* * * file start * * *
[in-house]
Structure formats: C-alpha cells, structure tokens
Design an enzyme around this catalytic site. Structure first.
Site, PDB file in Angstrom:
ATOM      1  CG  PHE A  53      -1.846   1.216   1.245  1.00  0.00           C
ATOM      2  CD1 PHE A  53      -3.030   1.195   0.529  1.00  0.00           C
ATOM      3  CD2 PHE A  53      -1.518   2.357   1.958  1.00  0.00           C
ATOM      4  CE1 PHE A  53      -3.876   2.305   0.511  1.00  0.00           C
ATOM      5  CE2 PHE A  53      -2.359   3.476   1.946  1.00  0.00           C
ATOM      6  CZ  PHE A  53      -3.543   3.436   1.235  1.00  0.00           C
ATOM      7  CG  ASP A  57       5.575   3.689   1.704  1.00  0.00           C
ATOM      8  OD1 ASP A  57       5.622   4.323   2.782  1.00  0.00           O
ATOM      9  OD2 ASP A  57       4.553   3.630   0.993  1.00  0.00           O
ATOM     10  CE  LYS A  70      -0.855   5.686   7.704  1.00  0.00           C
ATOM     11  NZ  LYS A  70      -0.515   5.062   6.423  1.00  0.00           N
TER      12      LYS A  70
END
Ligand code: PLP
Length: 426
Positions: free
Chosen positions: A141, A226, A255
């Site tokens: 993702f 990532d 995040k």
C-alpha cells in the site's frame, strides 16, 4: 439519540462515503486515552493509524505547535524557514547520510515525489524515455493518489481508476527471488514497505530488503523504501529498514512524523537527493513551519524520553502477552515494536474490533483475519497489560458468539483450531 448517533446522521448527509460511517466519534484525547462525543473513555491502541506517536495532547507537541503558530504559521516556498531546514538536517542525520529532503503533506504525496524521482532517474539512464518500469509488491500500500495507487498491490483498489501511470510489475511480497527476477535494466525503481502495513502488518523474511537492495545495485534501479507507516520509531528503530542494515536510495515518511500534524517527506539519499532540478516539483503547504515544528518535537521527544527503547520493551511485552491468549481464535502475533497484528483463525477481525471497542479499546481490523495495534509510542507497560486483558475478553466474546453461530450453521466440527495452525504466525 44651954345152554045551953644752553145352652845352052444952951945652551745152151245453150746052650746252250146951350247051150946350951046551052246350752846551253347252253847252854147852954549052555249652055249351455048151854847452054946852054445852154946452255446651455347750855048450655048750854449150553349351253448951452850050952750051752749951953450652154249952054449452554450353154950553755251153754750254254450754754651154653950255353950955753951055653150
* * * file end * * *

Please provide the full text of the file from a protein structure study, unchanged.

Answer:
[in-house]
Structure formats: C-alpha cells, structure tokens
Design an enzyme around this catalytic site. Structure first.
Site, PDB file in Angstrom:
ATOM      1  CG  PHE A  53      -1.846   1.216   1.245  1.00  0.00           C
ATOM      2  CD1 PHE A  53      -3.030   1.195   0.529  1.00  0.00           C
ATOM      3  CD2 PHE A  53      -1.518   2.357   1.958  1.00  0.00           C
ATOM      4  CE1 PHE A  53      -3.876   2.305   0.511  1.00  0.00           C
ATOM      5  CE2 PHE A  53      -2.359   3.476   1.946  1.00  0.00           C
ATOM      6  CZ  PHE A  53      -3.543   3.436   1.235  1.00  0.00           C
ATOM      7  CG  ASP A  57       5.575   3.689   1.704  1.00  0.00           C
ATOM      8  OD1 ASP A  57       5.622   4.323   2.782  1.00  0.00           O
ATOM      9  OD2 ASP A  57       4.553   3.630   0.993  1.00  0.00           O
ATOM     10  CE  LYS A  70      -0.855   5.686   7.704  1.00  0.00           C
ATOM     11  NZ  LYS A  70      -0.515   5.062   6.423  1.00  0.00           N
TER      12      LYS A  70
END
Ligand code: PLP
Length: 426
Positions: free
Chosen positions: A141, A226, A255
């Site tokens: 993702f 990532d 995040k």
C-alpha cells in the site's frame, strides 16, 4: 439519540462515503486515552493509524505547535524557514547520510515525489524515455493518489481508476527471488514497505530488503523504501529498514512524523537527493513551519524520553502477552515494536474490533483475519497489560458468539483450531 448517533446522521448527509460511517466519534484525547462525543473513555491502541506517536495532547507537541503558530504559521516556498531546514538536517542525520529532503503533506504525496524521482532517474539512464518500469509488491500500500495507487498491490483498489501511470510489475511480497527476477535494466525503481502495513502488518523474511537492495545495485534501479507507516520509531528503530542494515536510495515518511500534524517527506539519499532540478516539483503547504515544528518535537521527544527503547520493551511485552491468549481464535502475533497484528483463525477481525471497542479499546481490523495495534509510542507497560486483558475478553466474546453461530450453521466440527495452525504466525 44651954345152554045551953644752553145352652845352052444952951945652551745152151245453150746052650746252250146951350247051150946350951046551052246350752846551253347252253847252854147852954549052555249652055249351455048151854847452054946852054445852154946452255446651455347750855048450655048750854449150553349351253448951452850050952750051752749951953450652154249952054449452554450353154950553755251153754750254254450754754651154653950255353950955753951055653150